Nirvana threatened to play this song, then brand new and unreleased, during the MTV Video Music Awards (you know, when that show was actually worth watchingâÂ?¦ for the music). However, the producers put the kibosh on that right away. When it came time for Nirvana to perform, though, Cobain launched into the “Rape Me” riff before stopping and switching to, I believe “Lithium”. What’s really funny is when this came out on ‘In Utero’ it actually got radio play. The Lesson: let the public decide what’s offensive and what’s not.

3. Do Re Mi

It’s a little weird throwing a random, acoustic demo recording on a “Top Ten Songs” list, but the inclusion of “Do Re Mi” is more metaphoric than anything else; as to say “look what they could have done”. I realize that that’s totally unfair and probably untrue, but it’s the kind of sweeping remarks I’m prone to make, so deal with it. This song was featured on the boxset ‘With the Lights Out’. (The title of course coming from a lyric in “Smells Like Teen Spirit”, however, I didn’t recognize that until about five months after I bought it. I’m retarded.) Although the recording sucks you can tell that it’s one of the best songs/melodies he ever came up with.

2. Serve the Servants

The opening line to Nirvana’s follow-up to ‘Nevermind’ goes “teenage angst has paid off well, now I’m bored and old”. A lyric that at once undermines and justifies the band’s output in a single sentence. The debate over what record is better, ‘In Utero’ or ‘Nevermind’, could go on for days. I myself am torn on the issue. Stylistically, the albums are nothing but disparate and it wasn’t just sales that declined with the release of ‘In Utero’; many critics thought that rock n roll’s best band had actually taken a step back with the effort. And yes, hindsight is 20/20. Sometimes people forget just how different these two records were, but play their opening tracks, the epochal classic “Smells Like Teen Spirit” and the mostly forgotten “Serve the Servants”, back to back to hear the leap.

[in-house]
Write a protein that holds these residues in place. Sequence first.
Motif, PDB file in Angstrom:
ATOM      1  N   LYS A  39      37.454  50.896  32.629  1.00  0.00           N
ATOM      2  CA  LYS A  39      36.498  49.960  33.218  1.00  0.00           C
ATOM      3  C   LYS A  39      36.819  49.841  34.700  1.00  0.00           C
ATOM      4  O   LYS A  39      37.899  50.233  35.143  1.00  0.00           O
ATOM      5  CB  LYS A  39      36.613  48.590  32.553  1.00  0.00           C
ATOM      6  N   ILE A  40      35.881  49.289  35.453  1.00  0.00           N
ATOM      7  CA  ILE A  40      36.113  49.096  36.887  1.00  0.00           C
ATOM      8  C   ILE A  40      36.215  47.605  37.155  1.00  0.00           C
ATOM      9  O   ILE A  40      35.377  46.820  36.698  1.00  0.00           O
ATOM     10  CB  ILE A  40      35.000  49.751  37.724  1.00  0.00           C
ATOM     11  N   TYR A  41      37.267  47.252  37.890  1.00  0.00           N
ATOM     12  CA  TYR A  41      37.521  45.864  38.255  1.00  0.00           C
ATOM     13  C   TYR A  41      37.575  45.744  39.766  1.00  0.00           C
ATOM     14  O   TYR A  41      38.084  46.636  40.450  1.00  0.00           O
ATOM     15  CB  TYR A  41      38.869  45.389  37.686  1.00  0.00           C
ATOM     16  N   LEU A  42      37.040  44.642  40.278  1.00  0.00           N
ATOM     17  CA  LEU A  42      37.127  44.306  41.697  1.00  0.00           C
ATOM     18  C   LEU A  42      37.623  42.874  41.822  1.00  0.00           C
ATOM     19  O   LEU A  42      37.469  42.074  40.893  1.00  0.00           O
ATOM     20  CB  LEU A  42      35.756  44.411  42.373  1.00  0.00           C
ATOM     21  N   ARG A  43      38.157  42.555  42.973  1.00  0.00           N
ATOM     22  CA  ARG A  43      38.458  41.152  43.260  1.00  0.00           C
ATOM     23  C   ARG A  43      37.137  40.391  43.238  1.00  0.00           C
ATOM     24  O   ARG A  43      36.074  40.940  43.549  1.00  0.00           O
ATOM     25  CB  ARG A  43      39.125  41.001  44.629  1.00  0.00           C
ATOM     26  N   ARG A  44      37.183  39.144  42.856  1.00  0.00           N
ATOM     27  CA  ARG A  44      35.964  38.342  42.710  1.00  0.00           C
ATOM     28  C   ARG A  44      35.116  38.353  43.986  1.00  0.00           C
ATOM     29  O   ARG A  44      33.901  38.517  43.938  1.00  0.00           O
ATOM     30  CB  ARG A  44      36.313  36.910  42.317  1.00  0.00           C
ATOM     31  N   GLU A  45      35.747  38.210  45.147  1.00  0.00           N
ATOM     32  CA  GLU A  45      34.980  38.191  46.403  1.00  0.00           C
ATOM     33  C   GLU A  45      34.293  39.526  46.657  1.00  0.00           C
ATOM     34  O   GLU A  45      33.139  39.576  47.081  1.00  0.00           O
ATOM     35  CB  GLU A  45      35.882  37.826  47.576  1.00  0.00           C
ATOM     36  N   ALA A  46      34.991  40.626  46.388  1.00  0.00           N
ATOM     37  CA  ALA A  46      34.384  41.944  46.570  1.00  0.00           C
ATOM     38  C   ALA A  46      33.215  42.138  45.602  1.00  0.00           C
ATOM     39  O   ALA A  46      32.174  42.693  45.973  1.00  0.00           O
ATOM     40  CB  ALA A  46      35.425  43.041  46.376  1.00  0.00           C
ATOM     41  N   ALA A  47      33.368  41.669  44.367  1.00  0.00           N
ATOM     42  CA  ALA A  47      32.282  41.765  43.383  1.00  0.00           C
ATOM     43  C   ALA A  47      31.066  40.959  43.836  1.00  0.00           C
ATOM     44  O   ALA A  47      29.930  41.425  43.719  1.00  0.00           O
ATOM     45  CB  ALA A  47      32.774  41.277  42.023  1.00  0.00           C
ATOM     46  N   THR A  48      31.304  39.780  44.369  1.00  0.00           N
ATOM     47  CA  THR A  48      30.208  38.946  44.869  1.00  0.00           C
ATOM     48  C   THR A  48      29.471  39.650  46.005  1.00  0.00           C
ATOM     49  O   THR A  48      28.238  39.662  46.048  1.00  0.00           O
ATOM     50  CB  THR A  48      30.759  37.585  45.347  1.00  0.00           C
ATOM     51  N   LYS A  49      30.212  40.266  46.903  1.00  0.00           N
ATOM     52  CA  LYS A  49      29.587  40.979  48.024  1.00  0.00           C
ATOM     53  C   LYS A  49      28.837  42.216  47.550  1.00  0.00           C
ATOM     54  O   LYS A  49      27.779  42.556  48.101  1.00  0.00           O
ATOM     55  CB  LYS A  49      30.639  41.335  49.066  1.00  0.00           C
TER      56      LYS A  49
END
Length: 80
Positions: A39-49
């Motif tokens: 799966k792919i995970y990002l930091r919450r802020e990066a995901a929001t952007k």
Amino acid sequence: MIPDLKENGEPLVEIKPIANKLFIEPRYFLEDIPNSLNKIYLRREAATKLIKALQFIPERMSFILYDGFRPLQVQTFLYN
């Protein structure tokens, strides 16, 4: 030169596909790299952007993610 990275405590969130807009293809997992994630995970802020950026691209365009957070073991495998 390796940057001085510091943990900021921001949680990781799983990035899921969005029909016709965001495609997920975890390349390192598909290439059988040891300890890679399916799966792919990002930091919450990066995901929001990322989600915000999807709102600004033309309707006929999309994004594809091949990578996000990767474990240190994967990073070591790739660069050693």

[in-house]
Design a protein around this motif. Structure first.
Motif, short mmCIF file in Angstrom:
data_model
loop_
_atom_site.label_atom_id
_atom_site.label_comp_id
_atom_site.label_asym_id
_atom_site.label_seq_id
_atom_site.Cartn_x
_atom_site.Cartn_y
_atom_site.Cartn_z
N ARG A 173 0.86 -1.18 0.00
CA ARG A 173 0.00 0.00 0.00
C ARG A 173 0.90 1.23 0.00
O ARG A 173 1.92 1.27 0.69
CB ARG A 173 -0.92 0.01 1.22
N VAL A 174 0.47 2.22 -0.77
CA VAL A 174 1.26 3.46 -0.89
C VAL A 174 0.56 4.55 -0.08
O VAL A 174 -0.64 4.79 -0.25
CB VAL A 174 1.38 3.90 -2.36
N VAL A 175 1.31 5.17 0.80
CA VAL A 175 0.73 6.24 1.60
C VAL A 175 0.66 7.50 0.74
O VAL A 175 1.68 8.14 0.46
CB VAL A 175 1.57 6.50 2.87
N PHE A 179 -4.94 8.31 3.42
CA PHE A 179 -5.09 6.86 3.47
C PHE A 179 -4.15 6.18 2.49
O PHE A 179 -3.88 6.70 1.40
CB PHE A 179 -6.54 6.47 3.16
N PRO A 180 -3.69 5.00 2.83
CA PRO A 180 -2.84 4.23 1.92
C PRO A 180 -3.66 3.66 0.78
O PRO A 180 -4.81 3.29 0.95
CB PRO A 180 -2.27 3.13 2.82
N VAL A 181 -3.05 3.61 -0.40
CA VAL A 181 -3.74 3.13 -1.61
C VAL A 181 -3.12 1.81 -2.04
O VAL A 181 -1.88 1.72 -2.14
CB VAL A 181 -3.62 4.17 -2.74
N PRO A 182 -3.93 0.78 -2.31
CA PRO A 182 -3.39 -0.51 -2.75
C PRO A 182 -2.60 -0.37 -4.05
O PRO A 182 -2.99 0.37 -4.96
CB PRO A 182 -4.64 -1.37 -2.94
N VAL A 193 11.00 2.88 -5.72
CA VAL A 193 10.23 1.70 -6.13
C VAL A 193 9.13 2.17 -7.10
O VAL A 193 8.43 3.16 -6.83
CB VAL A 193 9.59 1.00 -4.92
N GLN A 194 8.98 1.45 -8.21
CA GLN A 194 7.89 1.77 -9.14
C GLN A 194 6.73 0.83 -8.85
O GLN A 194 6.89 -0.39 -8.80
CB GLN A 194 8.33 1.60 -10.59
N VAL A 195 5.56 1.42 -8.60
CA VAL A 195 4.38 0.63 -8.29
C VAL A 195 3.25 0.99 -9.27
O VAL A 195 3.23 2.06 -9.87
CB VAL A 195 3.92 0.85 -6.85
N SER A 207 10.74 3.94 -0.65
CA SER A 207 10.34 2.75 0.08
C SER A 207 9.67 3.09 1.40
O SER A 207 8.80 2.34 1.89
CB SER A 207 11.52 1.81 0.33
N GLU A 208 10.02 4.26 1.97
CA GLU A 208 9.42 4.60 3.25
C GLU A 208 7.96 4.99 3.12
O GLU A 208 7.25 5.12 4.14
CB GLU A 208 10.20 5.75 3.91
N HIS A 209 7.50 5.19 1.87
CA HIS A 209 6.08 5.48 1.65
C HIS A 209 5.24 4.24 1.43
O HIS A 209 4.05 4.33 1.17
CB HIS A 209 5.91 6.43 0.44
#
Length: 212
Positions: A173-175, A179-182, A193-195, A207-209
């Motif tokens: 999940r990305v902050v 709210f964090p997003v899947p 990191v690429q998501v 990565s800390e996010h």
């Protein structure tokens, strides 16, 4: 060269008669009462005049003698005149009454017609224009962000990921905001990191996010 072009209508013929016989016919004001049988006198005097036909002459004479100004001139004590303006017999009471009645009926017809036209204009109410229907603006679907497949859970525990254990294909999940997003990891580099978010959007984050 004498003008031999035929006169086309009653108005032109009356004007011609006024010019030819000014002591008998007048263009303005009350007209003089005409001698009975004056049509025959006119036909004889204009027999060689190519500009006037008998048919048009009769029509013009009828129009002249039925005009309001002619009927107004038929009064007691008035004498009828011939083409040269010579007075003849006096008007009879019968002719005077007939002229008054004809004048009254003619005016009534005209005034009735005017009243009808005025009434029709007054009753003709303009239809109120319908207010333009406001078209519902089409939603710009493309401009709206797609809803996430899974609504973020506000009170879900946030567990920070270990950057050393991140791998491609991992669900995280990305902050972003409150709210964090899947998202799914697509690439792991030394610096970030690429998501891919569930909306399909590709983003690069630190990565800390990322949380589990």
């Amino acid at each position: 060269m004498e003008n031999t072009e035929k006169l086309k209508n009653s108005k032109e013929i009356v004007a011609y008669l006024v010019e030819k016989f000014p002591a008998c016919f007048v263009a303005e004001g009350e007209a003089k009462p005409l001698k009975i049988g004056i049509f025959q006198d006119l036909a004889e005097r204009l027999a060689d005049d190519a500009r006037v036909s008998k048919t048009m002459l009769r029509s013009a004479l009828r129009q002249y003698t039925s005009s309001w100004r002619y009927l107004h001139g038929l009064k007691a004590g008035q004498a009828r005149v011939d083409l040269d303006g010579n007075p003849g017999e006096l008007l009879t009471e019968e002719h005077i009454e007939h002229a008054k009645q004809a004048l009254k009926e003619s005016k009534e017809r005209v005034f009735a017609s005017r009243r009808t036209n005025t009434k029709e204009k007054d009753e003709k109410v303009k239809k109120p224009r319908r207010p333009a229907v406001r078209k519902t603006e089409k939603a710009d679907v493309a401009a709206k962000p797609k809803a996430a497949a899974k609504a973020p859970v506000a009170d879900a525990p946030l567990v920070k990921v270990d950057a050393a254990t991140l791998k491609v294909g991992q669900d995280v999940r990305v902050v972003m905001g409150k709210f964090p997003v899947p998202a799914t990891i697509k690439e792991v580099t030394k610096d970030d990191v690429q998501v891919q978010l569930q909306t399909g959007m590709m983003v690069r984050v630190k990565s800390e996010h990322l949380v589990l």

1. Drain You

Lists like these are so arbitrary and stupid (in theory) that I’ve decided to just feature my personal favorite song as the No. 1 tune. No more metaphorical choices, symbolic inclusions or obligatory picks here, my friends. No, this is just my favorite song, simply put. The beginning of “Drain You” gets me every time. “One baby to another says-I’m lucky to have met you,” Cobain sings as the song thrusts into full “grunge” mode.

His lyrics were simple yet not simplistic and I think that was a big part of their appeal. Picking your favorite song, and especially your favorite Nirvana song, comes down to one thing, the same factor that you would use to pick your favorite NSYNC song believe it or notâÂ?¦which melody do you find the most appealing? Underneath it all, Nirvana was a pop band, a pop band disguised by the aggressiveness of hard rock and punk. They weren’t the first to try their hands at this approach, but they might have been the best.

Leave a Reply

Your email address will not be published. Required fields are marked *


× 6 = forty eight